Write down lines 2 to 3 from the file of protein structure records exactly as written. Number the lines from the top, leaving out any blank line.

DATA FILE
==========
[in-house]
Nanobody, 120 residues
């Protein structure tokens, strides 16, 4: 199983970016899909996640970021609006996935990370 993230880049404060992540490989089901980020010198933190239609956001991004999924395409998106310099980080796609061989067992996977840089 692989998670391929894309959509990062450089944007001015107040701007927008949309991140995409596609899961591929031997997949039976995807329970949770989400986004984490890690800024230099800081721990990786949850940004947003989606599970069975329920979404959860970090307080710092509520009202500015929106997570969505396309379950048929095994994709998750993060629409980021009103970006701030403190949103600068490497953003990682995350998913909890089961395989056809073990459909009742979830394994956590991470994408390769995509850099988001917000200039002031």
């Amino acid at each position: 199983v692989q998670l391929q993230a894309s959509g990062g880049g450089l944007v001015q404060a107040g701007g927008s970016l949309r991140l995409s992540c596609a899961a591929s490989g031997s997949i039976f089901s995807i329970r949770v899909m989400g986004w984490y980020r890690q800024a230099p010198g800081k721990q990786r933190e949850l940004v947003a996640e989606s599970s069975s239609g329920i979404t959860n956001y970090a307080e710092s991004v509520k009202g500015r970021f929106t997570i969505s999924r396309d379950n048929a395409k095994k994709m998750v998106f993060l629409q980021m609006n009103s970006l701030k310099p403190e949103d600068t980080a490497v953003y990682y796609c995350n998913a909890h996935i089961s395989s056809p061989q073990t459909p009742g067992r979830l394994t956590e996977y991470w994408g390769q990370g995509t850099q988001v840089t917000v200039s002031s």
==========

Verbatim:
Nanobody, 120 residues
């Protein structure tokens, strides 16, 4: 199983970016899909996640970021609006996935990370 993230880049404060992540490989089901980020010198933190239609956001991004999924395409998106310099980080796609061989067992996977840089 692989998670391929894309959509990062450089944007001015107040701007927008949309991140995409596609899961591929031997997949039976995807329970949770989400986004984490890690800024230099800081721990990786949850940004947003989606599970069975329920979404959860970090307080710092509520009202500015929106997570969505396309379950048929095994994709998750993060629409980021009103970006701030403190949103600068490497953003990682995350998913909890089961395989056809073990459909009742979830394994956590991470994408390769995509850099988001917000200039002031």